Dateline: 1982. Laura Branigan is a talented singer with a massive voice, who's shown off her skills as a back-up singer for Leonard Cohen. But she's had some difficulty getting noticed on her own. An artist on the Atlantic Records roster since 1979, Branigan released three singles that came and went without much notice. What would it take for people to recognize what she was capable of?
The answer came in the form of a quirky disco song from Italy: "Gloria," by a countryman named Umberto Tozzi. A hitmaker known for the local chart-topper "Ti Amo," his impassioned song dedicated to a dream woman named - you guessed it - Gloria charted throughout Europe, topping the charts in Spain and The Netherlands.
Now, if you pored over that description of the song above, you know that "Gloria" turned out a bit different in the U.S. than Tozzi's approach. (He even did a version in English that had a more romantic translation.) Branigan tried it herself - using the name "Mario" instead of "Gloria" - but decided it needed something a little different. Working with session guitarist Trevor Veitch, Branigan rewrote the lyrics entirely, turning a love song into a tribute to a woman doing her best to keep it all together - "a girl that's running too fast for her own steps," Branigan later said.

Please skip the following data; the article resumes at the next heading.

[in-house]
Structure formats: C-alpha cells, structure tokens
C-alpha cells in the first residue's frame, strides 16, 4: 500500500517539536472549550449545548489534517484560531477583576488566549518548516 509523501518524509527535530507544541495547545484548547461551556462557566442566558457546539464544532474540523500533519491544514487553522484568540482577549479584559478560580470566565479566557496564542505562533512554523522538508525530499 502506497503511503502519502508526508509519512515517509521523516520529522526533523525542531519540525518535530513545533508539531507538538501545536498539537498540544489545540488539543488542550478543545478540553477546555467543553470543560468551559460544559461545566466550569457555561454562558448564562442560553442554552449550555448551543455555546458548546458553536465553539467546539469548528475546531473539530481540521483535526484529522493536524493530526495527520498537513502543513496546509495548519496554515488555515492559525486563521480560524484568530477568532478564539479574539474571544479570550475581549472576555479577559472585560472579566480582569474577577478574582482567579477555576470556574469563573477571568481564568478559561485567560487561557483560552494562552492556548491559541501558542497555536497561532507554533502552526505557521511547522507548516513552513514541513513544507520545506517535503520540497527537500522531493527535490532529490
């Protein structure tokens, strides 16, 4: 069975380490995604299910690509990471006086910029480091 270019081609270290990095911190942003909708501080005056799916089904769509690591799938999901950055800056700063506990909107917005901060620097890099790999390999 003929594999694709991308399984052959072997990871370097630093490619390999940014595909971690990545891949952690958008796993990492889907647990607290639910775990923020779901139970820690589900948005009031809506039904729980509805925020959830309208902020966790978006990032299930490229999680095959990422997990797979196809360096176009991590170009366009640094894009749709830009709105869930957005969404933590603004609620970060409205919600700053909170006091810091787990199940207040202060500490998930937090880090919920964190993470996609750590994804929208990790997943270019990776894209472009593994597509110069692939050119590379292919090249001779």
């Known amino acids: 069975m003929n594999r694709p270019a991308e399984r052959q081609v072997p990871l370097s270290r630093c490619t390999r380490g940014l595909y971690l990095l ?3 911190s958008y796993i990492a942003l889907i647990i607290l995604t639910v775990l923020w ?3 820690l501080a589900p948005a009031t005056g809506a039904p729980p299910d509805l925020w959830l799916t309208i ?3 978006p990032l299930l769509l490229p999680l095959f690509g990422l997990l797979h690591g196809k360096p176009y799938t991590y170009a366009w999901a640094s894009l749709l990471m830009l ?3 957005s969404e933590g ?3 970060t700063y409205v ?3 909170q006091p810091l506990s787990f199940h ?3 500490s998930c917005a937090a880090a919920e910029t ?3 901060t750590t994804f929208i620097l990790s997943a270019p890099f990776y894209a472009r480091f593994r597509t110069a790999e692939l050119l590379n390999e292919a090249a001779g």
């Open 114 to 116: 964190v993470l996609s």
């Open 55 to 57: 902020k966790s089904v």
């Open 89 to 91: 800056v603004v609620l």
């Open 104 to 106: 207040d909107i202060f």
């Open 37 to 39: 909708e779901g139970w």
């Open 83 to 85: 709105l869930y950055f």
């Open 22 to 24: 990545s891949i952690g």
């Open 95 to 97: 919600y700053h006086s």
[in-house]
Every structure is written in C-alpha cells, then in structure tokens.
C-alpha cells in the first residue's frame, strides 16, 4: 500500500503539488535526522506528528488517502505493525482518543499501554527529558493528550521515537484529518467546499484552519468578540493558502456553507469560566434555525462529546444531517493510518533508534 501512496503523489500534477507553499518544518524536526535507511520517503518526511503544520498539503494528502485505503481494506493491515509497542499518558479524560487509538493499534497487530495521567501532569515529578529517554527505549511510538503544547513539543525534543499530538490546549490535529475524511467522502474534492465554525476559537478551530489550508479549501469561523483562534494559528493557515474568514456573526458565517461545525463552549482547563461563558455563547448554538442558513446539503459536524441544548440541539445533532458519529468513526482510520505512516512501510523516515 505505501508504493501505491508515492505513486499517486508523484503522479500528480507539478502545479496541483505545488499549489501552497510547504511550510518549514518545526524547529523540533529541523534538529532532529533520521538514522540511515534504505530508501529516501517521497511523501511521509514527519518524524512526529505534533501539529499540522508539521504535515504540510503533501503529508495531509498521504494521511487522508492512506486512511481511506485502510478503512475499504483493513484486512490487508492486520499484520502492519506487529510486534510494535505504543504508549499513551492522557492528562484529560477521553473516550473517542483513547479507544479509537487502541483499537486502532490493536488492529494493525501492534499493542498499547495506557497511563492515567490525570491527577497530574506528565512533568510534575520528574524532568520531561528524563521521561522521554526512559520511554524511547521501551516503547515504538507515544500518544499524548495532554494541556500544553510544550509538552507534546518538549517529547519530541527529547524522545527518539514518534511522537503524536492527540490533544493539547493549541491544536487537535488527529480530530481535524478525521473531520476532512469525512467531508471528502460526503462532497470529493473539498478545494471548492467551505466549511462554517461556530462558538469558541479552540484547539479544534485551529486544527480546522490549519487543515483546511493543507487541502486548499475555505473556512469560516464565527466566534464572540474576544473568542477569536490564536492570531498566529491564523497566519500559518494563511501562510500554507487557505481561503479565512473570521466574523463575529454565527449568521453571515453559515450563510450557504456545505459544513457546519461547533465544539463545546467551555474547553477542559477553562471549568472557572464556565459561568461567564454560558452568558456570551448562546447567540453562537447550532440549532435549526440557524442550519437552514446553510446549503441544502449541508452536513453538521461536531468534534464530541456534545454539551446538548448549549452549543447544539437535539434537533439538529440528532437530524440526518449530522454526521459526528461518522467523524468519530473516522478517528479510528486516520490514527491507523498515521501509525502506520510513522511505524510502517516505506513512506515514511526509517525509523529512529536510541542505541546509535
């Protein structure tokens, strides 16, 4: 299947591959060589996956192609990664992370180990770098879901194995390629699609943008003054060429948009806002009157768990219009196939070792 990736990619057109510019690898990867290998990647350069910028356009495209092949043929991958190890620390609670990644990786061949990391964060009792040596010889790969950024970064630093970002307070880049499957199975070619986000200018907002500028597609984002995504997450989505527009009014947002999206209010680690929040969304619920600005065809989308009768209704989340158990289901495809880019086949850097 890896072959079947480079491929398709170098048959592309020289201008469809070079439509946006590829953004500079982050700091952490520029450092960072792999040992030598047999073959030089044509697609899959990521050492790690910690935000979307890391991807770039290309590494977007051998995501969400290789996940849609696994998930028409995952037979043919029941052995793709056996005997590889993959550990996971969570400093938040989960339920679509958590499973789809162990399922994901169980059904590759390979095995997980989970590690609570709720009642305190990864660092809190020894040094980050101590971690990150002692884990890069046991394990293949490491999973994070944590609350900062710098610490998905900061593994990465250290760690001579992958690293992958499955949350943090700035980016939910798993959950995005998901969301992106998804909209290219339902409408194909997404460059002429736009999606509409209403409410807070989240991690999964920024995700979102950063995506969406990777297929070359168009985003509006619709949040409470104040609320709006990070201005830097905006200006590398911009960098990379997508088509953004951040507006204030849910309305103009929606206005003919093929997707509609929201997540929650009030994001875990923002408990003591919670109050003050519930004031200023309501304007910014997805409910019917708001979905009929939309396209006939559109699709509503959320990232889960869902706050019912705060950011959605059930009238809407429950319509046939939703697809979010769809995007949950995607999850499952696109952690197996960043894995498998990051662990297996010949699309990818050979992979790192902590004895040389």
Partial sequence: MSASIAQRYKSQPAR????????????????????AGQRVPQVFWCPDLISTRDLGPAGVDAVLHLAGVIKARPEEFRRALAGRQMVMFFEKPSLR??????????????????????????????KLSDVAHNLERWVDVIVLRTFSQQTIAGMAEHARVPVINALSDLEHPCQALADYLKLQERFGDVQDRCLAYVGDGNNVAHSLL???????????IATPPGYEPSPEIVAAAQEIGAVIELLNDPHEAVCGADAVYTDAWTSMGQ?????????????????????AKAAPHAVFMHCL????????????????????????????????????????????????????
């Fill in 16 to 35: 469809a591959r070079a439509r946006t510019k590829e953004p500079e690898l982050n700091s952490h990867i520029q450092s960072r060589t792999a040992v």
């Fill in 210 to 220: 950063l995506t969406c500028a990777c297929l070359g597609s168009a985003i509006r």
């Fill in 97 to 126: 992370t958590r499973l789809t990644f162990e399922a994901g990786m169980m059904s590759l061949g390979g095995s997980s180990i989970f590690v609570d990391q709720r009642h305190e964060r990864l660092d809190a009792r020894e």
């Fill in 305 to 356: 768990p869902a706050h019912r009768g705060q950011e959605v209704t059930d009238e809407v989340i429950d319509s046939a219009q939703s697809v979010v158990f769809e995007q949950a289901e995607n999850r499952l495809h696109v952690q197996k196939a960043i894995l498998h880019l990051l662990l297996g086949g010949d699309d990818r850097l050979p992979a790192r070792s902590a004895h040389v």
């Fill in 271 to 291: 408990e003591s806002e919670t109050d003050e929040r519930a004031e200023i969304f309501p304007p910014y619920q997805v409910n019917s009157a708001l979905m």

With a powerful bank of keyboard glories overseen by co-producer Greg Mathieson (who'd played on Tozzi's original), "Gloria" finally became the big break Branigan deserved. It peaked at No. 2 on the Billboard Hot 100 for two weeks - kept from the top by Lionel Richie's "Truly" and Toni Basil's "Mickey" - and remained on the chart for nearly a year, which was at the time a record for a female solo act. The song was featured in the hit film Flashdance in 1983 and netted Branigan a Grammy nomination for Best Female Pop Vocal Performance.
Branigan would go on to have more hits throughout the '80s - including "Solitaire" (an English cover of a French pop song), "Self Control" and "How Am I Supposed to Live Without You" (also a major hit for Michael Bolton). While her career was tragically cut short in 2004, when she died of an aneurysm at only 52 years old, "Gloria" remains a song that brings people together. In 2019, fans of NHL hockey team the St. Louis Blues adopted the song as an anthem during an exciting season that saw the team win their first-ever Stanley Cup. Indeed, wherever you go, there are voices - in your head, or someone else's - calling "Gloria."